The water framework directive was adopted by the EU Council of Ministers on 12 September 2000. The impact of the legislation which will flow from this directive on water management is likely to be similar to the effect that the IPPC directive is having on waste and contaminated land management. The emphasis is moving strongly towards integrated approaches based on environmental and ecological objectives, rather than limited ‘engineering’ targets – the “fix it a bit at a time” approach. Experts from WRc are convinced the directive will significantly impact British industry over the next 20 years as water resource protection in the UK develops.

UK groundwater legislation is not a modern invention. The early Victorians had a dawning recognition of the links between public health and decaying matter, and the first laws can be traced back at least as far as the Cemeteries Clauses Act of 1847. Over the intervening century and a half, water supply protection legislation has developed and improved. The groundwater directive, introduced in 1980, was designed to protect groundwater from direct and indirect discharge of pollutants. Following a period of wide consultation, the government believed, at the time, that existing UK legislation covered the requirements of the directive. Increasing awareness of the vulnerability of groundwater was reflected in the more stringent regulations introduced under the Environmental Protection Act, in particular the waste management (licensing) regulations of 1994, which fully implemented the groundwater directive requirement for waste management activities.

Extending protection

The introduction of the nitrate directive, in 1998, and the groundwater regulations, in 1999, extended groundwater pollution controls to a wider range of industrial, commercial and agricultural enterprises. Many of the businesses affected have little or no direct experience of compliance with such regulations and, in particular, the possible need for prior investigations to support their applications for discharge consents. Subsequent surveillance of the groundwater, after the permit is granted, will be needed to demonstrate that no harm is taking place.

The water framework directive takes these regulations one stage further. The main concerns to industry arising from the directive are that where the company has existing authority to discharge wastewater, there is no assurance that this authority will continue in an unmodified form. The Environment Agency (EA) will in future be required to regularly review the state of river catchments and to make adjustments to permits, in the light of current circumstances. In addition, licences to abstract water will be more highly regulated. The EA will regard each water catchment as a dynamic system, rather than looking at individual situations in isolation. Interactions will to be taken into account between the streams, rivers, springs and groundwater – wherever water quality is affected. The framework directive is aimed at providing as much ‘good’ quality water as possible.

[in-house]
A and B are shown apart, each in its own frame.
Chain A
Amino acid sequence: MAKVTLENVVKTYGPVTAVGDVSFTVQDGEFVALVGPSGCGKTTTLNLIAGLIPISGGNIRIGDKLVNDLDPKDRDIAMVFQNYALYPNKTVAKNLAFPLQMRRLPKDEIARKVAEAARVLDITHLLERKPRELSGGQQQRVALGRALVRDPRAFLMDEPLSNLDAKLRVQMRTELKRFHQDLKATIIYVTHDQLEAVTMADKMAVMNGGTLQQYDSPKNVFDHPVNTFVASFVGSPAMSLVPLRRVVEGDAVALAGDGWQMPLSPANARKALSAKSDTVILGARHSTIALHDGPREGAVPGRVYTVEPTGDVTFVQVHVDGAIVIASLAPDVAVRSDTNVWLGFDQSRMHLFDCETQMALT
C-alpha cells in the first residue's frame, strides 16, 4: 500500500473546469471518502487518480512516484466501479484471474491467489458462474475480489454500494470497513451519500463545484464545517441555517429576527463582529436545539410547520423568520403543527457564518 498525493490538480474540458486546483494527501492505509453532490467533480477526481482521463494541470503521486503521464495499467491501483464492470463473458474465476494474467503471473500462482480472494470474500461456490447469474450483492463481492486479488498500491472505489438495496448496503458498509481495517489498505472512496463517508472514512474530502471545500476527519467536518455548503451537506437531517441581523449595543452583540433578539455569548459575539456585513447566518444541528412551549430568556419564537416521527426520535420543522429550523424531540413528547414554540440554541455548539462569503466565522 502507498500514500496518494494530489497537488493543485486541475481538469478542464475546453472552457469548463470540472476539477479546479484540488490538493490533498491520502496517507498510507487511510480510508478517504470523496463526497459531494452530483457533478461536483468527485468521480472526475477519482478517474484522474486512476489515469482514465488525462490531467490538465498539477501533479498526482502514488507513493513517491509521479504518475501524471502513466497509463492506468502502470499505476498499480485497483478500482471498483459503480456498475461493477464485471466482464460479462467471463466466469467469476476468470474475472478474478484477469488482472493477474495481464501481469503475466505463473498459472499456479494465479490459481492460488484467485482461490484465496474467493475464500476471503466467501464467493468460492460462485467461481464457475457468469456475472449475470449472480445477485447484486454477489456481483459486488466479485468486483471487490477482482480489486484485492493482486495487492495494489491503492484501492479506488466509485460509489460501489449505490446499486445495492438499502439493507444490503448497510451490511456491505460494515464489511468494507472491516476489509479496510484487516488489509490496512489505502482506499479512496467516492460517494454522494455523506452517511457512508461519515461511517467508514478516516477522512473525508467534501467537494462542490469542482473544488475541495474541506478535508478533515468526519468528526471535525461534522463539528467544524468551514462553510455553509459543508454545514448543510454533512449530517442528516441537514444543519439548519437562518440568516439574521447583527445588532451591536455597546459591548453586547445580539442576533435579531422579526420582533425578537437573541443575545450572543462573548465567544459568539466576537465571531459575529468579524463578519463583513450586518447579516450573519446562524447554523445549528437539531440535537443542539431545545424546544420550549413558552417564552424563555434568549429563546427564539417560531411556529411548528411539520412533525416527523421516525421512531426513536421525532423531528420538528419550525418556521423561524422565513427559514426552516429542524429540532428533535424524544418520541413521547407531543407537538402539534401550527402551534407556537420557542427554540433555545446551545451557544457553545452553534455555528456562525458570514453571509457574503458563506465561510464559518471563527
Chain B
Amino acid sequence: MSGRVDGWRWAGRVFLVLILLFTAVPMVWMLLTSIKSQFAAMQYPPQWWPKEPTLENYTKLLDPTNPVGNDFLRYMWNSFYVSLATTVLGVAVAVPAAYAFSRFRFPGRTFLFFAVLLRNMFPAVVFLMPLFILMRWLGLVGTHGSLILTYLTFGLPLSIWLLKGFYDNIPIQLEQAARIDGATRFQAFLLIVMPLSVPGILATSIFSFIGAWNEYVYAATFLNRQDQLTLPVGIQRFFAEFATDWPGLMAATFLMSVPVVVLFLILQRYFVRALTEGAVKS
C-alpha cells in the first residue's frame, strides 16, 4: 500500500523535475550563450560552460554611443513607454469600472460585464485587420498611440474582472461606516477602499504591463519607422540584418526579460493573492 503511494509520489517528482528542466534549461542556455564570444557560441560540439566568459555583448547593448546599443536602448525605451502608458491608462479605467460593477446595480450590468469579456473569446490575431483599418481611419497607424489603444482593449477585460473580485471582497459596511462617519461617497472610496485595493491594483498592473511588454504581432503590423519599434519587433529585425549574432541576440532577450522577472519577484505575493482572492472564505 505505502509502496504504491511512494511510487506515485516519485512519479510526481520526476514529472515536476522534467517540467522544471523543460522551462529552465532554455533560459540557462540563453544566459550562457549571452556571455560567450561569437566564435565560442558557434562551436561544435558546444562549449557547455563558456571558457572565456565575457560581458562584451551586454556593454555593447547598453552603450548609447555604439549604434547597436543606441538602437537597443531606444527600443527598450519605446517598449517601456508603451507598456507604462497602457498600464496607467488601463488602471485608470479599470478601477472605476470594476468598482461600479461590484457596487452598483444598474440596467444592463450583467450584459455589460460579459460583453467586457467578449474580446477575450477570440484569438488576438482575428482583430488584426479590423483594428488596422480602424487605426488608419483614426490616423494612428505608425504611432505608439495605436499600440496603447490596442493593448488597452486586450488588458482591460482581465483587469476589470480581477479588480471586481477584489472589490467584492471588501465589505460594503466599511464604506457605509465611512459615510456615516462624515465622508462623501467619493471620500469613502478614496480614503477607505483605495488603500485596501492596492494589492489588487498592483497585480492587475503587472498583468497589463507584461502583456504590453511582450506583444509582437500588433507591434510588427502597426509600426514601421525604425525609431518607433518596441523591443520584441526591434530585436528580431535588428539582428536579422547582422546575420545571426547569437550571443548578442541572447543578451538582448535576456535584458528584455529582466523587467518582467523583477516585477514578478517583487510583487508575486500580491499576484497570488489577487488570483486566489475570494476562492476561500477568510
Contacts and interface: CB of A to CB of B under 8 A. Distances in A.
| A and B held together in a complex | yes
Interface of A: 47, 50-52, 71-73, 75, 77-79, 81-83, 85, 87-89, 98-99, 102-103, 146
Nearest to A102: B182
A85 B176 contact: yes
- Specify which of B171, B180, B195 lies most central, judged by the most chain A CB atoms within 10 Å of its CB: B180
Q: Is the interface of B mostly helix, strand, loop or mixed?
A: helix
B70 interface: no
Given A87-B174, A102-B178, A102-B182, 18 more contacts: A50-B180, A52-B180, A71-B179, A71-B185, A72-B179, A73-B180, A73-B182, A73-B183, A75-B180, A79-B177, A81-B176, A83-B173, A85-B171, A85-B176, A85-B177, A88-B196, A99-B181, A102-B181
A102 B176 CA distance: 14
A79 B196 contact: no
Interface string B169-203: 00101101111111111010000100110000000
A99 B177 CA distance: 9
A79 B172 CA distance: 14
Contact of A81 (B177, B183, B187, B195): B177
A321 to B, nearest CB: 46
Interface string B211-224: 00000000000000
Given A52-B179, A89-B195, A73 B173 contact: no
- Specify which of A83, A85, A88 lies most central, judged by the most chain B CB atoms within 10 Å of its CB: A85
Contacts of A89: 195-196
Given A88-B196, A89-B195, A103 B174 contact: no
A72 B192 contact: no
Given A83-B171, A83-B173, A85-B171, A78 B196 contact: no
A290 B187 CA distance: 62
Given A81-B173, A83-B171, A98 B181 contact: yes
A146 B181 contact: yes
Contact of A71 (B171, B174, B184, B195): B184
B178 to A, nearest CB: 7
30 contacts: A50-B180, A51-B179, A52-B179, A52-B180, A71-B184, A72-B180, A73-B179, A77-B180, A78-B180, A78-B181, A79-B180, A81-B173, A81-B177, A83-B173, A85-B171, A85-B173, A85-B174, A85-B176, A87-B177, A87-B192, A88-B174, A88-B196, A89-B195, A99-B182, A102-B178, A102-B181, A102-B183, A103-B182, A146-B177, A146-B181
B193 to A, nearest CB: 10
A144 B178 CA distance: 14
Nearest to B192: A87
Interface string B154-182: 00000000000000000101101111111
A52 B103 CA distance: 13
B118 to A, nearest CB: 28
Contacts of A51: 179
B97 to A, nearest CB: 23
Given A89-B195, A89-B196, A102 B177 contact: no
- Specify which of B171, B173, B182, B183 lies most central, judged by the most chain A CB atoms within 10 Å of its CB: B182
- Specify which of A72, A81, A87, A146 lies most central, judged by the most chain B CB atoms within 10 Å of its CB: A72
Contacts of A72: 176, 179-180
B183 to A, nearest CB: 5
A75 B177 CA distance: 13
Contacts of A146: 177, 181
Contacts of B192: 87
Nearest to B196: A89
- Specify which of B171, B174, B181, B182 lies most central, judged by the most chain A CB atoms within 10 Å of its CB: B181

In practice, this could mean water quality is first assessed at the point of the most downstream gauge of each river basin. If water quality is poor at this point, then tests may be carried out systematically working up the river and its tributaries, looking at industrial, agricultural and urban impacts on the river catchment along its route. This will have a significant effect on industry.

Before a company sets up or modifies a process it will have to satisfy the EA that it has assessed the potential impact on the water catchment, on the basis of which limits will be placed on the company’s discharge permit. This level of vigilance will now be required all industries. Companies will need to show how they are going to comply with the EA’s requirements before instigating or changing any process. This authorisation once granted will be renewed at intervals, and may be adjusted if necessary. The renewal will take account of discharges upstream and of the water quality downstream. This may affect a company’s authorisation and it could be required to improve its processes to comply with new restrictions. All this has important cost implications.

The waste and nuclear industries are already required to practice this level of vigilance and make allowances in their business plans. Now the rest of industry must catch up. The directive is intended to level the playing field, subjecting all companies to the same restrictions, with extra costs being incorporated into the product price or paid for through increased business efficiencies.

There is currently no baseline for the EA and companies to work from. So WRc is undertaking a scoping study for the EA to look at the extent to which available information will enable the EA to answer basic questions, such as what activities are having a long-term effect on the water basin? To achieve this, the EA needs to know the quality of the river flow data, for instance how much of the volume on the river at a given point is from each tributary; what the seasonal variance and quality of that water is and what proportion of the flow is due to groundwater. It is also necessary to be able to determine what proportion of contamination comes from each water source and to identify where the pollution sources are located. Once this is known, the other tenet of the new directive, the polluter must pay, can be enforced. This well-known concept will now apply to the pollution of water courses too, in a more systematic way.

The directive sets a reporting target on member states and in order to meet these deadlines, work must start now to set the baseline against which improvements can be measured. The work WRc is carrying out will identify the gaps in current knowledge, enabling the EA to decide what further research is needed.

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